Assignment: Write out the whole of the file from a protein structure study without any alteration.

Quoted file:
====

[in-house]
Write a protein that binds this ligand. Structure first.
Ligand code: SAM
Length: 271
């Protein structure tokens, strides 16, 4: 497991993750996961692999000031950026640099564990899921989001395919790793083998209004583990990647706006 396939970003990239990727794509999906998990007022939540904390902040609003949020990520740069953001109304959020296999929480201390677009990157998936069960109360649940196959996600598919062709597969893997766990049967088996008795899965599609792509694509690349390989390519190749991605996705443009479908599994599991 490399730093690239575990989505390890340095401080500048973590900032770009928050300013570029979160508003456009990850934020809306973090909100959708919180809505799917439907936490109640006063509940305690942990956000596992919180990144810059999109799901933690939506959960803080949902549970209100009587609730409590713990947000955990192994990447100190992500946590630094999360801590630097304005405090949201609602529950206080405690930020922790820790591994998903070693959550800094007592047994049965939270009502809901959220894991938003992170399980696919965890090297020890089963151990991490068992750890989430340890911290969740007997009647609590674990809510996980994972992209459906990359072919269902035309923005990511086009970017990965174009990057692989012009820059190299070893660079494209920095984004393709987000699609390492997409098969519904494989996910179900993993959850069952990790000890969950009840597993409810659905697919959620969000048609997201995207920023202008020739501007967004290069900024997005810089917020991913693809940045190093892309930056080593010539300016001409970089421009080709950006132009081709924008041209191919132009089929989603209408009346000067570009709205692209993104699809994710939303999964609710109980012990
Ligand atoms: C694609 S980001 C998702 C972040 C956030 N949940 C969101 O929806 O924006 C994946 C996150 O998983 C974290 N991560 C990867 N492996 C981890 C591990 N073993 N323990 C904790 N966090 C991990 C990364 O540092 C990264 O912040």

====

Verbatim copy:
[in-house]
Write a protein that binds this ligand. Structure first.
Ligand code: SAM
Length: 271
């Protein structure tokens, strides 16, 4: 497991993750996961692999000031950026640099564990899921989001395919790793083998209004583990990647706006 396939970003990239990727794509999906998990007022939540904390902040609003949020990520740069953001109304959020296999929480201390677009990157998936069960109360649940196959996600598919062709597969893997766990049967088996008795899965599609792509694509690349390989390519190749991605996705443009479908599994599991 490399730093690239575990989505390890340095401080500048973590900032770009928050300013570029979160508003456009990850934020809306973090909100959708919180809505799917439907936490109640006063509940305690942990956000596992919180990144810059999109799901933690939506959960803080949902549970209100009587609730409590713990947000955990192994990447100190992500946590630094999360801590630097304005405090949201609602529950206080405690930020922790820790591994998903070693959550800094007592047994049965939270009502809901959220894991938003992170399980696919965890090297020890089963151990991490068992750890989430340890911290969740007997009647609590674990809510996980994972992209459906990359072919269902035309923005990511086009970017990965174009990057692989012009820059190299070893660079494209920095984004393709987000699609390492997409098969519904494989996910179900993993959850069952990790000890969950009840597993409810659905697919959620969000048609997201995207920023202008020739501007967004290069900024997005810089917020991913693809940045190093892309930056080593010539300016001409970089421009080709950006132009081709924008041209191919132009089929989603209408009346000067570009709205692209993104699809994710939303999964609710109980012990
Ligand atoms: C694609 S980001 C998702 C972040 C956030 N949940 C969101 O929806 O924006 C994946 C996150 O998983 C974290 N991560 C990867 N492996 C981890 C591990 N073993 N323990 C904790 N966090 C991990 C990364 O540092 C990264 O912040």